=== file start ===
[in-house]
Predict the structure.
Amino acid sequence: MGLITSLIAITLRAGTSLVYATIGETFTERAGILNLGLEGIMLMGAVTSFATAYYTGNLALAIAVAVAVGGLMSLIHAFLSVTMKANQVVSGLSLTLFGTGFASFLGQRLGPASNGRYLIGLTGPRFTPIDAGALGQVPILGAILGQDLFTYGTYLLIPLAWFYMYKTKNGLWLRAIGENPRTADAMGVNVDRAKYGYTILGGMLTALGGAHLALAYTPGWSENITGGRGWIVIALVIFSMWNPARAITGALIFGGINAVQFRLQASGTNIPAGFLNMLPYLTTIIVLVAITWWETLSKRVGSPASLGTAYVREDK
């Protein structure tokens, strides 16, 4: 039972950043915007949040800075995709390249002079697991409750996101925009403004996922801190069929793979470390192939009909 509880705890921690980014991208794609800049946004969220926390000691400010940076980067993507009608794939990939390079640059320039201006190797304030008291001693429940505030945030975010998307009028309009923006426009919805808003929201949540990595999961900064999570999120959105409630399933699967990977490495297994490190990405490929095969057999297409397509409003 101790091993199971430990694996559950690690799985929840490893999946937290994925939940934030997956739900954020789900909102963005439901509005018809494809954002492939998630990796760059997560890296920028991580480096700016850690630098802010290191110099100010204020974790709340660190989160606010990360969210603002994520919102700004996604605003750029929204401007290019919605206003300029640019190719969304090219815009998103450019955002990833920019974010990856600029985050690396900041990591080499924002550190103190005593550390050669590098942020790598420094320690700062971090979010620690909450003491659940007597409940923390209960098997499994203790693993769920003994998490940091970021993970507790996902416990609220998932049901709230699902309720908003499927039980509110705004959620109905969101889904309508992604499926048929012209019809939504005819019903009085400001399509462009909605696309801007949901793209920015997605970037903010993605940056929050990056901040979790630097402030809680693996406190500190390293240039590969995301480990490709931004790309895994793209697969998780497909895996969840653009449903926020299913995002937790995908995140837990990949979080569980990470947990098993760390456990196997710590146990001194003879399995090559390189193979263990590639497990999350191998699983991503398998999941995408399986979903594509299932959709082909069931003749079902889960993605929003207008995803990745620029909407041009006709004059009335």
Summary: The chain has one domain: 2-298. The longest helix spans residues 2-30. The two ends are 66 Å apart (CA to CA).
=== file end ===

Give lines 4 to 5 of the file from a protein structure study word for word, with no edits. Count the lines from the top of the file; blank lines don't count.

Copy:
């Protein structure tokens, strides 16, 4: 039972950043915007949040800075995709390249002079697991409750996101925009403004996922801190069929793979470390192939009909 509880705890921690980014991208794609800049946004969220926390000691400010940076980067993507009608794939990939390079640059320039201006190797304030008291001693429940505030945030975010998307009028309009923006426009919805808003929201949540990595999961900064999570999120959105409630399933699967990977490495297994490190990405490929095969057999297409397509409003 101790091993199971430990694996559950690690799985929840490893999946937290994925939940934030997956739900954020789900909102963005439901509005018809494809954002492939998630990796760059997560890296920028991580480096700016850690630098802010290191110099100010204020974790709340660190989160606010990360969210603002994520919102700004996604605003750029929204401007290019919605206003300029640019190719969304090219815009998103450019955002990833920019974010990856600029985050690396900041990591080499924002550190103190005593550390050669590098942020790598420094320690700062971090979010620690909450003491659940007597409940923390209960098997499994203790693993769920003994998490940091970021993970507790996902416990609220998932049901709230699902309720908003499927039980509110705004959620109905969101889904309508992604499926048929012209019809939504005819019903009085400001399509462009909605696309801007949901793209920015997605970037903010993605940056929050990056901040979790630097402030809680693996406190500190390293240039590969995301480990490709931004790309895994793209697969998780497909895996969840653009449903926020299913995002937790995908995140837990990949979080569980990470947990098993760390456990196997710590146990001194003879399995090559390189193979263990590639497990999350191998699983991503398998999941995408399986979903594509299932959709082909069931003749079902889960993605929003207008995803990745620029909407041009006709004059009335």
Summary: The chain has one domain: 2-298. The longest helix spans residues 2-30. The two ends are 66 Å apart (CA to CA).